Explainer: Contact tracing and how Apple and Google will make it work


Electron microscope image of the virus that causes COVID-19.
Photo: National Institute of Allergy and Infectious Diseases

Apple and Google revealed Friday that they’re teaming up to take on one of the most colossal tasks in the fight to stop the spread of COVID-19: contact tracing.

If you’re like me, you probably hadn’t heard about contact tracing until the COVID-19 pandemic. However, it’s proven to be an important tool in countries that have seen a drop in their reported cases of the coronavirus.

With a little background, here are the basics of contact tracing and what you need to know.

Apple and Google team up to build COVID-19 contact tracing apps


Apple Google
Apple and Google join forces using Bluetooth technology to help governments and health agencies reduce the spread of COVID-19.
Photo: Apple/Google

In a rare moment of collaboration, Apple and Google said Friday they have teamed up to create a contact-tracing program that uses smartphones to stop the spread of COVID-19.

The privacy-focused solution created by the companies will use anonymous Bluetooth “chirps” from phones as a way to tell where an infected person has been and who they’ve come in contact with.

Unseen Steve Jobs interview shares business secrets


Who wouldn't want Steve as their instructor?
Photo: Deliberate Think

Who wouldn’t have wanted Steve Jobs to have visited their university class for a casual Q&A with the students? That’s what folks at MIT were lucky enough to experience in 1992.

Running NeXT at the time, Jobs stopped by to drop some wisdom on everything from his thoughts on leaving Apple to the state of computing to his thoughts on the right way to run a company. Excerpts from the discussion recently landed on YouTube. Check them out below.

See Tim Cook deliver inspiring MIT commencement speech


Apple CEO Tim Cook before giving the 2017 MIT Commencement Speech.
Apple CEO Tim Cook before giving the 2017 MIT Commencement Speech.
Photo: TIME

Apple CEO Tim Cook warned MIT’s graduating class of the dangers society faces as a result of rapidly advancing technology during his commencement speech this morning.

Cook challenged the 2017 graduates to measure their impact on humanity on the lives they touch, rather than the likes you get on social media.

Tim Cook will drop his wisdom on MIT grads next June


Tim Cook
This will be Cook's third time as a university commencement speaker.
Photo: Jim Merithew/Cult of Mac

Steve Jobs gave one of the most memorable commencement speeches in living memory, and it seems that Tim Cook is set to take on the same challenge when he delivers the address at MIT’s 2017 graduation event next June.

“Mr. Cook’s brilliance as a business leader, his genuineness as a human being, and his passion for issues that matter to our community make his voice one that I know will resonate deeply with our graduates,” MIT President L. Rafael Reif said. “I am delighted that he will join us for commencement and eagerly await his charge to the class of 2017.”

Harvard and MIT teamed up for this open-source online education platform


Education is easy with EDX's learning platform.
Education is easy with EDX's learning platform.
Photo: EDX

This post is brought to you by EdX.

It’s often said that the internet makes it possible for anyone to get educated on any subject. But just as in offline modes of education, the many models of online teaching and learning are far from perfect, with plenty of room for improvement and innovation.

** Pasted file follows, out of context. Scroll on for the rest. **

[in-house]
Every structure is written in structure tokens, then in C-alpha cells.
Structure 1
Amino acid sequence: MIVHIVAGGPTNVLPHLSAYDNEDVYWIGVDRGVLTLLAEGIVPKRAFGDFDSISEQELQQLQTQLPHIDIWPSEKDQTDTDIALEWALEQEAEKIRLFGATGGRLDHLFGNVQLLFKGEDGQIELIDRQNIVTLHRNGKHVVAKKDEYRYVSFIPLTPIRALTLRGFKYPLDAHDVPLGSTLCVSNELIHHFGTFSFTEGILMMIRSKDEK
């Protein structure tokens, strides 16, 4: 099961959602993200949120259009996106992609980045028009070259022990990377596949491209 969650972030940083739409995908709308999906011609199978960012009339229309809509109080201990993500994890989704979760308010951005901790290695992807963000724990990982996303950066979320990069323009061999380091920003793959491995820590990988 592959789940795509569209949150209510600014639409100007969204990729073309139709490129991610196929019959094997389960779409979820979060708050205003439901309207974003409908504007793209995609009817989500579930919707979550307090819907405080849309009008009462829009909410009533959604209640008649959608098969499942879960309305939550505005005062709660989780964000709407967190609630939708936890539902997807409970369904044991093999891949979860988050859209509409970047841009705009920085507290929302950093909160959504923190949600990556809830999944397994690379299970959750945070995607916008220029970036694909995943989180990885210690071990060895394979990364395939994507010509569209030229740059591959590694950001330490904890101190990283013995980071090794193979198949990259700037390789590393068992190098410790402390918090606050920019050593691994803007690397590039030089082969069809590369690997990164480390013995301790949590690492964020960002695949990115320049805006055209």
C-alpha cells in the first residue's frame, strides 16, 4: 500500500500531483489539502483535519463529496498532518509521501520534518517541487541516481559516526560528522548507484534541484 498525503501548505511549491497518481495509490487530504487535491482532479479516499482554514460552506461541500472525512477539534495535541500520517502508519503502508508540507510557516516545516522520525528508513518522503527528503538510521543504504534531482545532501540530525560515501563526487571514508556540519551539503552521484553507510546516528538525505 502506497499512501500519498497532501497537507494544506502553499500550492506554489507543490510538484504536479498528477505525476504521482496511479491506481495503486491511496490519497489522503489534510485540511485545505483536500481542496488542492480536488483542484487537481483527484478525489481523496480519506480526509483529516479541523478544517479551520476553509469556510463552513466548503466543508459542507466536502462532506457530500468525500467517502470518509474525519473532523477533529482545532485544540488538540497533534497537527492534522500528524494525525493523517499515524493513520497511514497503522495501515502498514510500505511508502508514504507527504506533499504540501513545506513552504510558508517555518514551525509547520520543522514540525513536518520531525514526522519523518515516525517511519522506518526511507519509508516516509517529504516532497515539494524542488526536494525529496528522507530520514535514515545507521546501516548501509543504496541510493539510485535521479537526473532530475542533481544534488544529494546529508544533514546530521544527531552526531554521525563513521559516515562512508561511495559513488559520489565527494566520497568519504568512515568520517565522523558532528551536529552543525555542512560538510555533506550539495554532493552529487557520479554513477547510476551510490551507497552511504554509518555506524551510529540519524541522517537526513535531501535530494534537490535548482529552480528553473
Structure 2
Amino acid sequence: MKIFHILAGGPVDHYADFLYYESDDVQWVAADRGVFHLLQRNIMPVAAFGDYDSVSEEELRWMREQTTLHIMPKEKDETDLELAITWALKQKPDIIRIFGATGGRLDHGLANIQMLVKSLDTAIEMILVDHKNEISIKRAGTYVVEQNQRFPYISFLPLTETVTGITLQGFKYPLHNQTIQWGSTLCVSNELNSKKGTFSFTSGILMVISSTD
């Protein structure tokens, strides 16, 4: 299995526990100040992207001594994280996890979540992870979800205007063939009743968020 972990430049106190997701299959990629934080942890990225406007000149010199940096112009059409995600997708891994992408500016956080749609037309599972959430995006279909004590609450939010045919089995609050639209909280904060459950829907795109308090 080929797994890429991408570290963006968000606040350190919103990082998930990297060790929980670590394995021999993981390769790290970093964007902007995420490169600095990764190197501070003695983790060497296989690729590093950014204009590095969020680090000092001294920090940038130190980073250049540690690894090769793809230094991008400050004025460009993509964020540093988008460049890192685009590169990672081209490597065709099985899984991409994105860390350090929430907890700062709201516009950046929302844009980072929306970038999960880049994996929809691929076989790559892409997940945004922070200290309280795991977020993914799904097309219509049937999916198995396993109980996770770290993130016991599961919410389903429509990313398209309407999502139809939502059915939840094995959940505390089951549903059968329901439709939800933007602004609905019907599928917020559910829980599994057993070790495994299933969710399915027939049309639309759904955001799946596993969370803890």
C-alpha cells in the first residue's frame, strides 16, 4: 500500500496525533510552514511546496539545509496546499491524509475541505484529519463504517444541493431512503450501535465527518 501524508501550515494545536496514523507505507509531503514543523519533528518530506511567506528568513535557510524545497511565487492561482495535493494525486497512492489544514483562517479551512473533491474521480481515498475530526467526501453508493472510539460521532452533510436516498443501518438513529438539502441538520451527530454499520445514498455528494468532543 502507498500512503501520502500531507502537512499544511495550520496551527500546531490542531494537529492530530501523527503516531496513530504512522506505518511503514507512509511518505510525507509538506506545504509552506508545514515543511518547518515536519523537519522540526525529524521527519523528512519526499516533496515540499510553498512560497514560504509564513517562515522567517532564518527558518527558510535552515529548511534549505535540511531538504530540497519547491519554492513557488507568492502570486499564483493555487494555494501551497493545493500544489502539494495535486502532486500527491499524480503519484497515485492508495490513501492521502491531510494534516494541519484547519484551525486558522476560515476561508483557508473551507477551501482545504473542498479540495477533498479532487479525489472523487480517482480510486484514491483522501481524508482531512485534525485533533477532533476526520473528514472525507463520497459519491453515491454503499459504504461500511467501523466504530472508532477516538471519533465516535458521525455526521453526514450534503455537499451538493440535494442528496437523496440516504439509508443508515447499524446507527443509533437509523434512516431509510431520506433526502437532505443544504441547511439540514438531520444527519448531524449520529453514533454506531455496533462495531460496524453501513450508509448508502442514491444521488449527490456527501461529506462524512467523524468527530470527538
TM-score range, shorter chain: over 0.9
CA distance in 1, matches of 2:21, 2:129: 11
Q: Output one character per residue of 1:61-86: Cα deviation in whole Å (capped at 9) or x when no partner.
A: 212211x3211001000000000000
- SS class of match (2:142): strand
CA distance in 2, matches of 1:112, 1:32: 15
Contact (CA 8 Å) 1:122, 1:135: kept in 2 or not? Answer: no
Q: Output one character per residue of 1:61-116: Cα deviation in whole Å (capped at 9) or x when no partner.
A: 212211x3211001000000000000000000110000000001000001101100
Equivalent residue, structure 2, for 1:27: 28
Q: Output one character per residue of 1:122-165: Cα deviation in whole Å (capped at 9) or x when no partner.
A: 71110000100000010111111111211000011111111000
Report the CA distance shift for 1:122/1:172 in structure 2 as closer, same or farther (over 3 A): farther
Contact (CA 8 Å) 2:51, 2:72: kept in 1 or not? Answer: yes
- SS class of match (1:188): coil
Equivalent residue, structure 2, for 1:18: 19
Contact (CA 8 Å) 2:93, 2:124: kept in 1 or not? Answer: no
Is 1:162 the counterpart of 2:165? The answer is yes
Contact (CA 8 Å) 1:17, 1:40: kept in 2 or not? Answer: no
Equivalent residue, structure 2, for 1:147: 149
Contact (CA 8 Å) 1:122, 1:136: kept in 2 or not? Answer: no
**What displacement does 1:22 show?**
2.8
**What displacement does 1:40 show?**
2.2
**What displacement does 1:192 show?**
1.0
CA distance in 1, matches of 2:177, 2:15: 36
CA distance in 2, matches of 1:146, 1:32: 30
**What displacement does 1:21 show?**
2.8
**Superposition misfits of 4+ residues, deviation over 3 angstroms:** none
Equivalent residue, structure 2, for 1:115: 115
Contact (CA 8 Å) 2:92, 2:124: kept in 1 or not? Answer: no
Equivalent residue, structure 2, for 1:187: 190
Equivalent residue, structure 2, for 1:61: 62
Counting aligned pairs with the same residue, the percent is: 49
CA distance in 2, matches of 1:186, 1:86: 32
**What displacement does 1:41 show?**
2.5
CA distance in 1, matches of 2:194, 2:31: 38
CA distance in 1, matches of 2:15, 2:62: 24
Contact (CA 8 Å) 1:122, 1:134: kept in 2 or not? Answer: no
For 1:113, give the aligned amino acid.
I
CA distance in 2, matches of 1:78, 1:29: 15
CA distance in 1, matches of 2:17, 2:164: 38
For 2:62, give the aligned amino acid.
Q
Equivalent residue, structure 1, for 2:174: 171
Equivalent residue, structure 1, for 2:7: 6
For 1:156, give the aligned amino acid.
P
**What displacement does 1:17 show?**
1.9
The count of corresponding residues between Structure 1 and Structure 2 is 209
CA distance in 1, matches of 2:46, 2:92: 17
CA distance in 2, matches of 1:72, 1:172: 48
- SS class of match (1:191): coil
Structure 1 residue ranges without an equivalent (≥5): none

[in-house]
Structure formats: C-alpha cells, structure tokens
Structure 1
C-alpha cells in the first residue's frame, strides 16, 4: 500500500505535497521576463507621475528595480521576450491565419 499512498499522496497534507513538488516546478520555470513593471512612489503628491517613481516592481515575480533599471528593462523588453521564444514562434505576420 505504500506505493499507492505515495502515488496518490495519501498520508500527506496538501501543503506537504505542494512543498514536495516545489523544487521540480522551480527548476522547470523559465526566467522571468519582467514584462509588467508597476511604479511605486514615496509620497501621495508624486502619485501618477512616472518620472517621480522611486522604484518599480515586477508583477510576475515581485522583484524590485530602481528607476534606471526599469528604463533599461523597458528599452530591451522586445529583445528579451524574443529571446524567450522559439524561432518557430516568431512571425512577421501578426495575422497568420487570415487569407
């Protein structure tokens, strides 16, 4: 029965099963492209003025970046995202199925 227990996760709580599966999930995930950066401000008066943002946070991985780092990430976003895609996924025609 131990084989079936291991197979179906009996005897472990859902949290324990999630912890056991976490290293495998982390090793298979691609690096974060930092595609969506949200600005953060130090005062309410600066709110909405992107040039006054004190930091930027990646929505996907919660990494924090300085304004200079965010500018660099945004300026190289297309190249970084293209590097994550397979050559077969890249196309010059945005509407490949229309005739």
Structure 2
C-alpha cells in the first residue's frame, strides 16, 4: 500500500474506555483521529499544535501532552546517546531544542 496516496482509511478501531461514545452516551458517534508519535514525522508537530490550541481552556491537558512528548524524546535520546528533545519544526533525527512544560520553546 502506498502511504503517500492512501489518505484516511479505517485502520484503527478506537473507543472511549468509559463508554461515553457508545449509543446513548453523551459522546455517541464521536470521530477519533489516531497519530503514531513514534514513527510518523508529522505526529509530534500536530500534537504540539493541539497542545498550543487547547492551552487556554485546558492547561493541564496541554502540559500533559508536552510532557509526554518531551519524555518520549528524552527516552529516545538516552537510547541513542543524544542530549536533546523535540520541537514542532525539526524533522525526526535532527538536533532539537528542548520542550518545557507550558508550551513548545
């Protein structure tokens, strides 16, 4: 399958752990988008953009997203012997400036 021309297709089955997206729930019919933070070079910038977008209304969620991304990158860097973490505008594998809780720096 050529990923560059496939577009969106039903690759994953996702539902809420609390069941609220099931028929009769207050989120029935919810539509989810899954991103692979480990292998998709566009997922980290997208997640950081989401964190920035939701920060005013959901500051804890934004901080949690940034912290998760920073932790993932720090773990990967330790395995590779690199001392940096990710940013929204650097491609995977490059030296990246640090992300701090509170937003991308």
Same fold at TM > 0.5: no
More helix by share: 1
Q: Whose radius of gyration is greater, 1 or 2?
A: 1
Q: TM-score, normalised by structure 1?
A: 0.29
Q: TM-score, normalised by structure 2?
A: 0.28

A joint effort between Harvard and MIT — dubbed EdX — is aiming to provide not only a place for learning new skills, but a platform for innovating new ways of teaching and learning over the web. It’s a nonprofit online education platform partnered with nearly 100 of the world’s leading universities and institutions — Harvard, MIT, Microsoft, Caltech, Columbia, you get the picture — to provide students anywhere in the world access to more than 1,000 certified courses. As an open-source platform, it also offers educators an opportunity to design and implement their own modes of teaching.

Apple hires Google X Lab co-founder to work on health projects


Apple's latest hire specialized at building robotic hands.
Apple's latest hire specialized at building robotic hands.
Photo: University of Washington/Flickr

Apple has added yet another wicked smart talent to its ranks recently by hiring famed robotics expert Yoky Matsuoka.

Yoky was working as the head of technology at Nest before joining Apple. She was also one of the co-founders of Google’s X Lab and is a MacArthur genius award winner.

MIT: Apple is smarter than Snapchat, dumber than Google


Tim Cook commencement
Photo: George Washington University

Tesla Motors is the smartest company in the world, according to MIT Tech Review’s latest survey of the brainiest corporations. Apple, which was not on last year’s list returns at number 16, beating out other firms like ride-sharing company Uber and smartbulb-maker Philips. MIT cites the newly released Apple Watch and touchless payment method Apple Pay as its reasons for inclusion, saying that these two products “set the pace for competitors.”

You can see the full list of smartiespants in the table below.

This robot leaps hurdles like a Terminator horse


Sarah Connor won't get away so easily next time.
Photo: MIT

Okay, so it’s not really Apple news, but — honestly — who could complain about a robot cheetah on a Friday afternoon?

Given Google’s disappointing lack of killer robots at its oddly boring I/O keynote yesterday, MIT has fortunately stepped up to the plate by unleashing a new video of its metallic quadruped autonomously leaping hurdles like some kind of horse Terminator.

Check out the video below. Then start running.

MIT’s new wearable trackpad is all thumbs


MIT researchers have found away to turn the thumbnail into a trackpad. Photo: MIT Media Lab
MIT researchers have found a way to turn the thumbnail into a trackpad. Photo: MIT Media Lab

Stop chewing your fingernails now. You may be biting off a new frontier in wearable technology.